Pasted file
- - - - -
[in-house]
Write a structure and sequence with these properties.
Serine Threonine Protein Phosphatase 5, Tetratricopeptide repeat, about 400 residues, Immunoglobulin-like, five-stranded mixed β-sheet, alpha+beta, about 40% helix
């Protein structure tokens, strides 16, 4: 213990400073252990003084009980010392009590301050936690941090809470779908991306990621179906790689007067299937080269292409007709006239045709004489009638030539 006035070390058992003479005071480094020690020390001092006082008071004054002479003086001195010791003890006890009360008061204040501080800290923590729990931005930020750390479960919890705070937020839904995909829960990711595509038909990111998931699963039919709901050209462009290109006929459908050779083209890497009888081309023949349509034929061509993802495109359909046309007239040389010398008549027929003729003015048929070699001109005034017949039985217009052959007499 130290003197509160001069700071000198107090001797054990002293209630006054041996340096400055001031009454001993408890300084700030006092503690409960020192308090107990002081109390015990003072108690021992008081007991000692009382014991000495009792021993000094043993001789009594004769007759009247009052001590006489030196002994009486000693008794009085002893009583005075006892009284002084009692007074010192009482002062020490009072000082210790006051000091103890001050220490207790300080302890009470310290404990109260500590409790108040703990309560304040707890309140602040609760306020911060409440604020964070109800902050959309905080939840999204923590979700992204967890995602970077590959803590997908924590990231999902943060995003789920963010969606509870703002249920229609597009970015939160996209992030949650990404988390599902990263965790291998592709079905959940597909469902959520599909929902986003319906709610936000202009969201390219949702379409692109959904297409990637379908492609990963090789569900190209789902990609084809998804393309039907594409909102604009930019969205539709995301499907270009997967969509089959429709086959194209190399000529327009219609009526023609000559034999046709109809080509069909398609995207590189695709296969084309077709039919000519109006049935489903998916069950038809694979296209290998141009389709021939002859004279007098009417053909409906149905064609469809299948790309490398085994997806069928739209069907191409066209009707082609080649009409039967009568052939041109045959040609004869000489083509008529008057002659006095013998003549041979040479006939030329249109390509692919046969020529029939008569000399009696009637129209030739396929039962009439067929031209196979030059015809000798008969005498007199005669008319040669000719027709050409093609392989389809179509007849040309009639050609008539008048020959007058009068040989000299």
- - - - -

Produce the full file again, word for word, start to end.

[in-house]
Write a structure and sequence with these properties.
Serine Threonine Protein Phosphatase 5, Tetratricopeptide repeat, about 400 residues, Immunoglobulin-like, five-stranded mixed β-sheet, alpha+beta, about 40% helix
């Protein structure tokens, strides 16, 4: 213990400073252990003084009980010392009590301050936690941090809470779908991306990621179906790689007067299937080269292409007709006239045709004489009638030539 006035070390058992003479005071480094020690020390001092006082008071004054002479003086001195010791003890006890009360008061204040501080800290923590729990931005930020750390479960919890705070937020839904995909829960990711595509038909990111998931699963039919709901050209462009290109006929459908050779083209890497009888081309023949349509034929061509993802495109359909046309007239040389010398008549027929003729003015048929070699001109005034017949039985217009052959007499 130290003197509160001069700071000198107090001797054990002293209630006054041996340096400055001031009454001993408890300084700030006092503690409960020192308090107990002081109390015990003072108690021992008081007991000692009382014991000495009792021993000094043993001789009594004769007759009247009052001590006489030196002994009486000693008794009085002893009583005075006892009284002084009692007074010192009482002062020490009072000082210790006051000091103890001050220490207790300080302890009470310290404990109260500590409790108040703990309560304040707890309140602040609760306020911060409440604020964070109800902050959309905080939840999204923590979700992204967890995602970077590959803590997908924590990231999902943060995003789920963010969606509870703002249920229609597009970015939160996209992030949650990404988390599902990263965790291998592709079905959940597909469902959520599909929902986003319906709610936000202009969201390219949702379409692109959904297409990637379908492609990963090789569900190209789902990609084809998804393309039907594409909102604009930019969205539709995301499907270009997967969509089959429709086959194209190399000529327009219609009526023609000559034999046709109809080509069909398609995207590189695709296969084309077709039919000519109006049935489903998916069950038809694979296209290998141009389709021939002859004279007098009417053909409906149905064609469809299948790309490398085994997806069928739209069907191409066209009707082609080649009409039967009568052939041109045959040609004869000489083509008529008057002659006095013998003549041979040479006939030329249109390509692919046969020529029939008569000399009696009637129209030739396929039962009439067929031209196979030059015809000798008969005498007199005669008319040669000719027709050409093609392989389809179509007849040309009639050609008539008048020959007058009068040989000299």